Superisol is a brand name for cal-sil board. Any refractory dealer will have some sort of insulation board, and the mineral fiber boards like insblock19 by Harbison-Walker will work fine, if you don't want to spring for the high price spread.

If you're building an enclosure around your oven, there's no particular reason to encase the edges of your board in concrete. One less step in the process, and mounds of concrete not to lift.
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Old 11-06-2009, 11:13 AM
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Default Re: 42" Pompeii at the Concrete Casa

Quote:
One additional question - I think I've read that ~150 firebricks is right for a 42" oven, does that sound about right?
I went through about 175 for my 36". It depends on how low your dome is, how long your landing is, how efficient your cuts are, etc. I'm not saying 150 would be too few for a 42", but it would definitely be too few for the way that I build.
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Old 11-07-2009, 06:16 PM
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Default Re: 42" Pompeii at the Concrete Casa

Hello Michaewa

Am new to FB forum and new to wood-oven building. Have just finnished mine and look forward to seeing your pics on how a wood-oven is proffesionaly built.

All the best with your project

Terry (C.F)
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Old 11-08-2009, 12:26 PM
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Default Re: 42" Pompeii at the Concrete Casa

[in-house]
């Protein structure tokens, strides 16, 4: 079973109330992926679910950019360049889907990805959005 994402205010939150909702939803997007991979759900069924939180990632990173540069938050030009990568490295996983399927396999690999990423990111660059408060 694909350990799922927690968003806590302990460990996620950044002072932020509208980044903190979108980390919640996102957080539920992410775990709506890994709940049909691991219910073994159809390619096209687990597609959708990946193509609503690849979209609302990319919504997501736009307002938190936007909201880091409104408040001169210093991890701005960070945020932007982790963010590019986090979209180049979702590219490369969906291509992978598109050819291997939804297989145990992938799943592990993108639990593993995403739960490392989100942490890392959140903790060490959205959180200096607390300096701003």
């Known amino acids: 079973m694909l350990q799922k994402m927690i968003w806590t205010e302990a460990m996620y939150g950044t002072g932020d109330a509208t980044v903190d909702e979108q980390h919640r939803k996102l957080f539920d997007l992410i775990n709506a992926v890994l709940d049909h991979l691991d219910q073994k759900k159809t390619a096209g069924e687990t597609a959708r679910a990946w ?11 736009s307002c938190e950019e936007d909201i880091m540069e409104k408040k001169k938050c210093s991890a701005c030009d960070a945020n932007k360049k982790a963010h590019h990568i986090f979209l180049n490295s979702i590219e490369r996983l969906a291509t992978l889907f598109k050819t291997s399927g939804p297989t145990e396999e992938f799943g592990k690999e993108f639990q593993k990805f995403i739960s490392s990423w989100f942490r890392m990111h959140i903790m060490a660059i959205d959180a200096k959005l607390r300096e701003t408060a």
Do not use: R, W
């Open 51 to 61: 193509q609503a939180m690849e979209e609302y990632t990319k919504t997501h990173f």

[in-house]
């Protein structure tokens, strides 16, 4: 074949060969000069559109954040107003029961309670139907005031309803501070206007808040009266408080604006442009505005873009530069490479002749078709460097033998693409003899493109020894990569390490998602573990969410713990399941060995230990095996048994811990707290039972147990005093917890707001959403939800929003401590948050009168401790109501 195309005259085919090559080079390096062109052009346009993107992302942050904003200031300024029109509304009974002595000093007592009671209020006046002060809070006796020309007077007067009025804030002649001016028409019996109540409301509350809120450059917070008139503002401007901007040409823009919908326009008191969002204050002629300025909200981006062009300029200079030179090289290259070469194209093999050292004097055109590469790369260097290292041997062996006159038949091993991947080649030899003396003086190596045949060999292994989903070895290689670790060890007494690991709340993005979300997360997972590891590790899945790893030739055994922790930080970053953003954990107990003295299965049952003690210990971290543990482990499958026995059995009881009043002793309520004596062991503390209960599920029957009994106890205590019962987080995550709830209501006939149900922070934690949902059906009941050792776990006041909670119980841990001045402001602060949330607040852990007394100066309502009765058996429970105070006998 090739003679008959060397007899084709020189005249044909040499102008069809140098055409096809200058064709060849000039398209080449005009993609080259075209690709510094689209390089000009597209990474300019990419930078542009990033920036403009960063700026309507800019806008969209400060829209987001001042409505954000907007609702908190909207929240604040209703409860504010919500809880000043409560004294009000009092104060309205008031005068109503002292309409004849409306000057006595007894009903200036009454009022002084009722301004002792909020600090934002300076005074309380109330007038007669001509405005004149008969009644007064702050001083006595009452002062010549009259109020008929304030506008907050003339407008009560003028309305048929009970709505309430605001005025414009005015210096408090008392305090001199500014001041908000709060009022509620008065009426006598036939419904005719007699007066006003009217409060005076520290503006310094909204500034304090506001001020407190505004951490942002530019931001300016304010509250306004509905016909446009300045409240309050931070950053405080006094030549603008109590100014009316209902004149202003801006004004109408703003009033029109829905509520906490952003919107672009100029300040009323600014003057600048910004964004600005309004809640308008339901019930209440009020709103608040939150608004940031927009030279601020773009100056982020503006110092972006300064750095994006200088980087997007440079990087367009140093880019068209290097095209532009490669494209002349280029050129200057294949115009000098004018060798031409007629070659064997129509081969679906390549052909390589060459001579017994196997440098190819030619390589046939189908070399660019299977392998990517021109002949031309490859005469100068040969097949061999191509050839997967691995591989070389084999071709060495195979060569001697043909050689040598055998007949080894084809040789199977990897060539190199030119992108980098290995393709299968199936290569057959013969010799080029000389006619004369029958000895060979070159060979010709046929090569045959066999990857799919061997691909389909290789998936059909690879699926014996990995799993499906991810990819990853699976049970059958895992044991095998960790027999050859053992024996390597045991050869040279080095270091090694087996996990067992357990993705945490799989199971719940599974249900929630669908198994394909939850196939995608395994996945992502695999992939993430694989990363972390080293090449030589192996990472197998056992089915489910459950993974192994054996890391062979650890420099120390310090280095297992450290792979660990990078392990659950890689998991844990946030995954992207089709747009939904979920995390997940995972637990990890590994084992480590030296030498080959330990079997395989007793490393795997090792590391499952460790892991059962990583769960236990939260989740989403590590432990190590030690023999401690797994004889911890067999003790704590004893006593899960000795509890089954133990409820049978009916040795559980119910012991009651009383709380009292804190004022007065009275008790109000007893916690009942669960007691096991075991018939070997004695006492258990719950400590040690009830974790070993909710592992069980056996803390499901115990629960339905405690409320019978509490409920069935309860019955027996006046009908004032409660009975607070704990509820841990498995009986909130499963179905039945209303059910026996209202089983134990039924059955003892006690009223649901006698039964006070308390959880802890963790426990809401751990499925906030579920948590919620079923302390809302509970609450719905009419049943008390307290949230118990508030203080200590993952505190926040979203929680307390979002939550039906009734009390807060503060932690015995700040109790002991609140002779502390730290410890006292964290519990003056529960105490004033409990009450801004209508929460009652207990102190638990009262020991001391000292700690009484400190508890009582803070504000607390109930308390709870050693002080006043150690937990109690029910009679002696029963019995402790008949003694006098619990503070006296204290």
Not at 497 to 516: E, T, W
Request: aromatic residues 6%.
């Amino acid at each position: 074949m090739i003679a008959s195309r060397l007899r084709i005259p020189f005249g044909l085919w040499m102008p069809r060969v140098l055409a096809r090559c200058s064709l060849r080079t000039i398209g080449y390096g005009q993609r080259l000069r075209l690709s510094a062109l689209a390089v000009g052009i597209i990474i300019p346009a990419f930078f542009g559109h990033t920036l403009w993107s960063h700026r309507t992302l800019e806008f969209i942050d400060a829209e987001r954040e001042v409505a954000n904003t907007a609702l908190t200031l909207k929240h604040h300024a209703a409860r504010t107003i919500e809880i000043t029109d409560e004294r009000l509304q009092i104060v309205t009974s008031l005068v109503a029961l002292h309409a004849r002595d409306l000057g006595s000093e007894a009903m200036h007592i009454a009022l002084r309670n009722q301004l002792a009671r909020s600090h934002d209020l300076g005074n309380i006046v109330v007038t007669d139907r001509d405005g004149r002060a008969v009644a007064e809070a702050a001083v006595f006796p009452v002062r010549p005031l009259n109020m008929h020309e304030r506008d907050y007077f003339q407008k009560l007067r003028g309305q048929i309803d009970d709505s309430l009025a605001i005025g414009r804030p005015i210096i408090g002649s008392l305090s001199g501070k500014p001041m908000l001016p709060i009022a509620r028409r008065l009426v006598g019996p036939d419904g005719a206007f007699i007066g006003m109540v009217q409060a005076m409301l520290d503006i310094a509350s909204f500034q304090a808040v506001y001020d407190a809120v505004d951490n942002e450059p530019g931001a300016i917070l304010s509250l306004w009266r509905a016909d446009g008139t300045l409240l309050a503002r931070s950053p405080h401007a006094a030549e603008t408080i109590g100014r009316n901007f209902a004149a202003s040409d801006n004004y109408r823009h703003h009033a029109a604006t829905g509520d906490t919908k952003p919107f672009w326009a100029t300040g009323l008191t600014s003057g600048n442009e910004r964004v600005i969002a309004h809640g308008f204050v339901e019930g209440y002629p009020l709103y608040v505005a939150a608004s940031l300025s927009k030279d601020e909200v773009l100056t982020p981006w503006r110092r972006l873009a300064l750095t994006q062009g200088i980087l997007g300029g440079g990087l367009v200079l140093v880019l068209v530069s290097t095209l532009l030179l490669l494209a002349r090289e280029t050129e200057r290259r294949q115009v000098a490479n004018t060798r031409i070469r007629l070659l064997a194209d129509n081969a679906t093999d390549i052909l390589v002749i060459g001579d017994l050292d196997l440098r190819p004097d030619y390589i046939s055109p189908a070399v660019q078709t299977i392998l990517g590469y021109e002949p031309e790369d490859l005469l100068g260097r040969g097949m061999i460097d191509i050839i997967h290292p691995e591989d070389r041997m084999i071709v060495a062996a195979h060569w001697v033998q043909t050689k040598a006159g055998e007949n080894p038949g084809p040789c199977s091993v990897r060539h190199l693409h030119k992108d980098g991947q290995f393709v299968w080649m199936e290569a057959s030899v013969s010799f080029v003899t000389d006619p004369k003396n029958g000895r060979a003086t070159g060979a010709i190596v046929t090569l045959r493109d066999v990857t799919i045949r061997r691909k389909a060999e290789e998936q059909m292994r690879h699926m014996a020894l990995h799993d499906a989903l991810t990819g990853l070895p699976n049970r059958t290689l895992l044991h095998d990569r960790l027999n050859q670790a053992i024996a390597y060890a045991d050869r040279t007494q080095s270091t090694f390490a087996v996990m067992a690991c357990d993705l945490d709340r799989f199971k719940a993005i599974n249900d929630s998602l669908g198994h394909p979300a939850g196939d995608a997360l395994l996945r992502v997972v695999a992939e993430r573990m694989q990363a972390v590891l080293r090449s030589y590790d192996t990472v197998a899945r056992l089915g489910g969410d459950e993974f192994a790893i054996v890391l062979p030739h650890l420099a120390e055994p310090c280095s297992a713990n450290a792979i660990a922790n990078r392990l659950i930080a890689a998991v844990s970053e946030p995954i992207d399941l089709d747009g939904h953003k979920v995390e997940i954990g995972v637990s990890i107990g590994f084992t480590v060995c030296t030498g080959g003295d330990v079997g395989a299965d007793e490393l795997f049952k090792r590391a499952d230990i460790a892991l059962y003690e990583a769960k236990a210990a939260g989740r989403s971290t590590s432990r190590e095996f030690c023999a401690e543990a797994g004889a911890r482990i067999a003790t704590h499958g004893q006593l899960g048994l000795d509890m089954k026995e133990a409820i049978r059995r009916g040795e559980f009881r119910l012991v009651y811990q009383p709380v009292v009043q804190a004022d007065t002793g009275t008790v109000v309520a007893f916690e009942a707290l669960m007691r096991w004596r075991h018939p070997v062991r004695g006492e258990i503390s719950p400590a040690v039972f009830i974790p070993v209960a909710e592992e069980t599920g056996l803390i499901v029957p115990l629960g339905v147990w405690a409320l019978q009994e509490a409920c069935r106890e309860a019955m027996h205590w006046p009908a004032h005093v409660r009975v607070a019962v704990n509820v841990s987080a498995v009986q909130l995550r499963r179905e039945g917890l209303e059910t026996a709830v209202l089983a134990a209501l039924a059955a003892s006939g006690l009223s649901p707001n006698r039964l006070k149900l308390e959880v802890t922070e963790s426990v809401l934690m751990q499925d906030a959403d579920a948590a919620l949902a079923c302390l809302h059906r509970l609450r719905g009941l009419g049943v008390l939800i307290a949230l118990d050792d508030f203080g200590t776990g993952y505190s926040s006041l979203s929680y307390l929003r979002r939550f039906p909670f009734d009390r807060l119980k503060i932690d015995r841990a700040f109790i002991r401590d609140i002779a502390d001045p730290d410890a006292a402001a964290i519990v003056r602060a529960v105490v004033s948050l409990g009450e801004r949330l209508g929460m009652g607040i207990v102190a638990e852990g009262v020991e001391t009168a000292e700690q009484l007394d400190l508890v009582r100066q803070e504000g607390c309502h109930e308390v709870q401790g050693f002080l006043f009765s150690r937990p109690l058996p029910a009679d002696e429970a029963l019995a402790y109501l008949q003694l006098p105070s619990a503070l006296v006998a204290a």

Here is a bit of discussion of the number of bricks needed:

http://www.fornobravo.com/forum/f2/h...-wfo-7680.html (How many firebricks to use in a 42" WFO?)
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Old 11-09-2009, 08:12 PM
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Default Re: 42" Pompeii at the Concrete Casa

Thanks for the reference Neil2 - I think I was setting myself up for two trips. Sounds like north of 200 is most likely, especially for a newbie mason like myself.

Thanks cannyfradock for the words of support but calling me a professional would be an insult to professionals everywhere I'm very much just winging it as I go, leaning on the experience of everyone here to get me by.

I've got the wood forms all set, now just need to add some additional steel and get some concrete out here, and I'll be ready to start slinging bricks.
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Old 11-10-2009, 11:47 AM
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Default Re: 42" Pompeii at the Concrete Casa

michaewa

I have been following another thread of someone who is 2 or 3 stages ahead of you. He has also gone to great lenths to build a perfect base, but when he came to pour "the slab" his concrete was too dry ending up with the "old hats" on the forum, voicing their concern after seeing the voids in concrete pics after the shuttering was removed.

I am new to this forum, so was too late to comment on that project. When you pour YOUR slab, make sure the mix is not too dry nor too wet and after pouring make sure that you tap the shuttering many times with a small hammer so as to bring all the air bubbles to the surface and the "fat" reaches all extremities. This will also help with a good float/trowel finish to the top of your slab. You did'nt ask for this advice so I hope you don't mind me putting my twopenneth worth in.

Regards and best of luck with your project

Terry (C.F)